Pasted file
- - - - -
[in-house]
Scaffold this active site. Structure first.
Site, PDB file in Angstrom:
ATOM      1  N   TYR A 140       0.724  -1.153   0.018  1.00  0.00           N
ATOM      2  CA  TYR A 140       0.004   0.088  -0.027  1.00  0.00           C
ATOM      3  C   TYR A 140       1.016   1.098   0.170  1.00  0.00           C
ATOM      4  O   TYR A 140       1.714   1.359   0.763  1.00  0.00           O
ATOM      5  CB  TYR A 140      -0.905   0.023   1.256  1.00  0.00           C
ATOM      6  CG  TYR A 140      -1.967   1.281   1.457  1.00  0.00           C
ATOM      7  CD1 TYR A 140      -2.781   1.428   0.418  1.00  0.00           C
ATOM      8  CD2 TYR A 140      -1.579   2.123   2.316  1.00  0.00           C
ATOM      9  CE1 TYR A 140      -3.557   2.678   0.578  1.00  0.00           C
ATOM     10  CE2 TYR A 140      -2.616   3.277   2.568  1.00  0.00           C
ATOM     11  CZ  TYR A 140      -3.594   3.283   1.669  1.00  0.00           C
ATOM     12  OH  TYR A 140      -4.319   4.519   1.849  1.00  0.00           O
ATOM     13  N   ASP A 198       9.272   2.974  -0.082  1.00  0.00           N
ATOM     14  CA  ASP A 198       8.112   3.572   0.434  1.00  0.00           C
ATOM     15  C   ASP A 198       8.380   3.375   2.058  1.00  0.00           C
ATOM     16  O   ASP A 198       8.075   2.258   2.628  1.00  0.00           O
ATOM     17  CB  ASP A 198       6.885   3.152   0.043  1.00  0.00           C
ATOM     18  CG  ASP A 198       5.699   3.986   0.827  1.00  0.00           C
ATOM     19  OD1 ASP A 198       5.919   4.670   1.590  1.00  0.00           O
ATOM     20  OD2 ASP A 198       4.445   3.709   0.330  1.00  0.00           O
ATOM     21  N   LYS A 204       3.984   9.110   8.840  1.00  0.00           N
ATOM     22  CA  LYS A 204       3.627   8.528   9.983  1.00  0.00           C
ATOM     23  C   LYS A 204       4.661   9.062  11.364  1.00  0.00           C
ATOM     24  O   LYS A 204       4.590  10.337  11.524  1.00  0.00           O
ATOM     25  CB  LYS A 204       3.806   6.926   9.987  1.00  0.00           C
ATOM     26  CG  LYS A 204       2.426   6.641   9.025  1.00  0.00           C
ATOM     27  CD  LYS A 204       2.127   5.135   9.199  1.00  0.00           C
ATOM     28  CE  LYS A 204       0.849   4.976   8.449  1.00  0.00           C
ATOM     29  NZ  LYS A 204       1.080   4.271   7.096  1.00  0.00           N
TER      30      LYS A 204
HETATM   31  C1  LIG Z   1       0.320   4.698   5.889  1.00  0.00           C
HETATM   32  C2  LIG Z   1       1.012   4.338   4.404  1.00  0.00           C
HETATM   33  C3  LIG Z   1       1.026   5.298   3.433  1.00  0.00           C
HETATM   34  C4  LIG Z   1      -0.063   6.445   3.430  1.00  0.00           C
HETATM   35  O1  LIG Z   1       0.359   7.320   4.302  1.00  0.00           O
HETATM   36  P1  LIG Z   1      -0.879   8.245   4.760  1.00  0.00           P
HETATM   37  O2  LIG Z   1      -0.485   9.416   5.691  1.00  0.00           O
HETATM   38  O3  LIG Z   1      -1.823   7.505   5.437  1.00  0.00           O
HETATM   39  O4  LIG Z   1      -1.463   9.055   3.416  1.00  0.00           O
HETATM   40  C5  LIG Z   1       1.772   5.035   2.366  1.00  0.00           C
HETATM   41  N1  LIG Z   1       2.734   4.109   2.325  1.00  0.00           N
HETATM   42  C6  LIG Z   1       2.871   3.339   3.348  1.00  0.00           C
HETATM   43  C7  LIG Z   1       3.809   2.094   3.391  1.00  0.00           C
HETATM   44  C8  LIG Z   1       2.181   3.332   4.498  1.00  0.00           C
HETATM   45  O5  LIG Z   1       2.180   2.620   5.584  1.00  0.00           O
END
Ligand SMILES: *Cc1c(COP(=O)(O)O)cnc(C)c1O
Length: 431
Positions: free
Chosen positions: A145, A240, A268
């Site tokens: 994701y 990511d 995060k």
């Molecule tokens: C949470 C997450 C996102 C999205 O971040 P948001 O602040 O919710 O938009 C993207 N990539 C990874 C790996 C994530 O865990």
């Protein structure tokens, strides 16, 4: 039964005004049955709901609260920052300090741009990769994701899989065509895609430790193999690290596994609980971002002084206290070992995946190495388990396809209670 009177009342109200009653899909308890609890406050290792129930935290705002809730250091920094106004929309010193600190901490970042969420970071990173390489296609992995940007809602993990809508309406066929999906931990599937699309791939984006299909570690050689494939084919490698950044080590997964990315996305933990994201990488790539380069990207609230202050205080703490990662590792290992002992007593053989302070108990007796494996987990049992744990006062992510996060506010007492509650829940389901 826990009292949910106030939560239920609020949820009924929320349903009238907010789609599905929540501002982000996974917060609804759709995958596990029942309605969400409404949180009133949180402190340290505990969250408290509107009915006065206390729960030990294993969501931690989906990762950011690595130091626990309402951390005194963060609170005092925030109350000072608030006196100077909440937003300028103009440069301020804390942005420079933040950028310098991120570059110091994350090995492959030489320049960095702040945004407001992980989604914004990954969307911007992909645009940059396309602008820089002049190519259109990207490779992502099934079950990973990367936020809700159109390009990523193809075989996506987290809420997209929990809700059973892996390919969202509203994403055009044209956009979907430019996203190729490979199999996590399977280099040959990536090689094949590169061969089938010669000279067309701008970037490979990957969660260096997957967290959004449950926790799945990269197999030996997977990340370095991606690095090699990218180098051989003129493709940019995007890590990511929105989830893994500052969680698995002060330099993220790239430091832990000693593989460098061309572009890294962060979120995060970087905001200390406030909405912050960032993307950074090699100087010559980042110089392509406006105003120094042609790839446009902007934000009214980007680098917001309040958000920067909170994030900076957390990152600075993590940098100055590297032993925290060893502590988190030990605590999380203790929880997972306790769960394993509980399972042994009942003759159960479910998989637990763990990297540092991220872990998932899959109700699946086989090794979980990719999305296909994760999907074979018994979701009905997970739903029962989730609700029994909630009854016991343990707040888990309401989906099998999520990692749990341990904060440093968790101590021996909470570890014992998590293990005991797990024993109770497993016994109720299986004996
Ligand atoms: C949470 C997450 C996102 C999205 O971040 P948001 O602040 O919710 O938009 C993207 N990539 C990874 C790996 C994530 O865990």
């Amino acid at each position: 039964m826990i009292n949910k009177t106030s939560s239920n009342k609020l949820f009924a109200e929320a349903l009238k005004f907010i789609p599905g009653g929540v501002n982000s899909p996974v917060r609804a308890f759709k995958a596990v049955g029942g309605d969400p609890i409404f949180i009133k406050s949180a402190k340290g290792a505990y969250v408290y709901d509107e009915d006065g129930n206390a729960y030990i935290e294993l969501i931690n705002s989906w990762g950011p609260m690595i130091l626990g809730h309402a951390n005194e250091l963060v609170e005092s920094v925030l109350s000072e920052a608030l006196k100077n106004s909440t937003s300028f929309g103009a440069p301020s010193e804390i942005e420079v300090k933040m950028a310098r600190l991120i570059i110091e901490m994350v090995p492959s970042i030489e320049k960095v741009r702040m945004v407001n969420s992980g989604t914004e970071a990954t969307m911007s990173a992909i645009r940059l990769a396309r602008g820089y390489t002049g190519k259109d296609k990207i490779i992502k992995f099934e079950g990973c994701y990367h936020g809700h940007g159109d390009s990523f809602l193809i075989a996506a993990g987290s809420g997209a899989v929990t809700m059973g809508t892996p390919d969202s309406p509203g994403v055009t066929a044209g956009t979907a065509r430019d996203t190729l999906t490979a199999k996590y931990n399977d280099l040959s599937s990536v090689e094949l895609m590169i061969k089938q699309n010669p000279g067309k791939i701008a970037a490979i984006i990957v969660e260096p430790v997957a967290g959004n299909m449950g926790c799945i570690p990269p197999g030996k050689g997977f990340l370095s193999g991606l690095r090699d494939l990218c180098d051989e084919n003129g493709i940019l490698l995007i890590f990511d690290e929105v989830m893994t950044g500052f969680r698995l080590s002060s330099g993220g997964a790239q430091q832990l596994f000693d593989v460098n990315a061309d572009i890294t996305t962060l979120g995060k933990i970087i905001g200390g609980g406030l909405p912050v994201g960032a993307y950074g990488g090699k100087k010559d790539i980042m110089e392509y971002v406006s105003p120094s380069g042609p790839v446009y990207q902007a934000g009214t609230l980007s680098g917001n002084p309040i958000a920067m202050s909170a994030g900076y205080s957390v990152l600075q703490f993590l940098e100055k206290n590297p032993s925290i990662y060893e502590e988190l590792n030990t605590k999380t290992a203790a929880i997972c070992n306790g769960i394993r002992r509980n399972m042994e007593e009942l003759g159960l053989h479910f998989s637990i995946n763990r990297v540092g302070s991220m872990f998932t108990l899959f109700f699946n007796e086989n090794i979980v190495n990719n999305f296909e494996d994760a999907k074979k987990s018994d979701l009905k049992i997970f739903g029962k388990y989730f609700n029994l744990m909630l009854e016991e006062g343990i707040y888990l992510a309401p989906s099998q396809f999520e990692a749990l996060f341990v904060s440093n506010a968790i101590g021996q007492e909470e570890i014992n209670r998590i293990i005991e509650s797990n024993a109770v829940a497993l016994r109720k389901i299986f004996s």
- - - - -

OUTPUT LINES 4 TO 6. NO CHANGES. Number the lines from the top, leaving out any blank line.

ATOM      1  N   TYR A 140       0.724  -1.153   0.018  1.00  0.00           N
ATOM      2  CA  TYR A 140       0.004   0.088  -0.027  1.00  0.00           C
ATOM      3  C   TYR A 140       1.016   1.098   0.170  1.00  0.00           C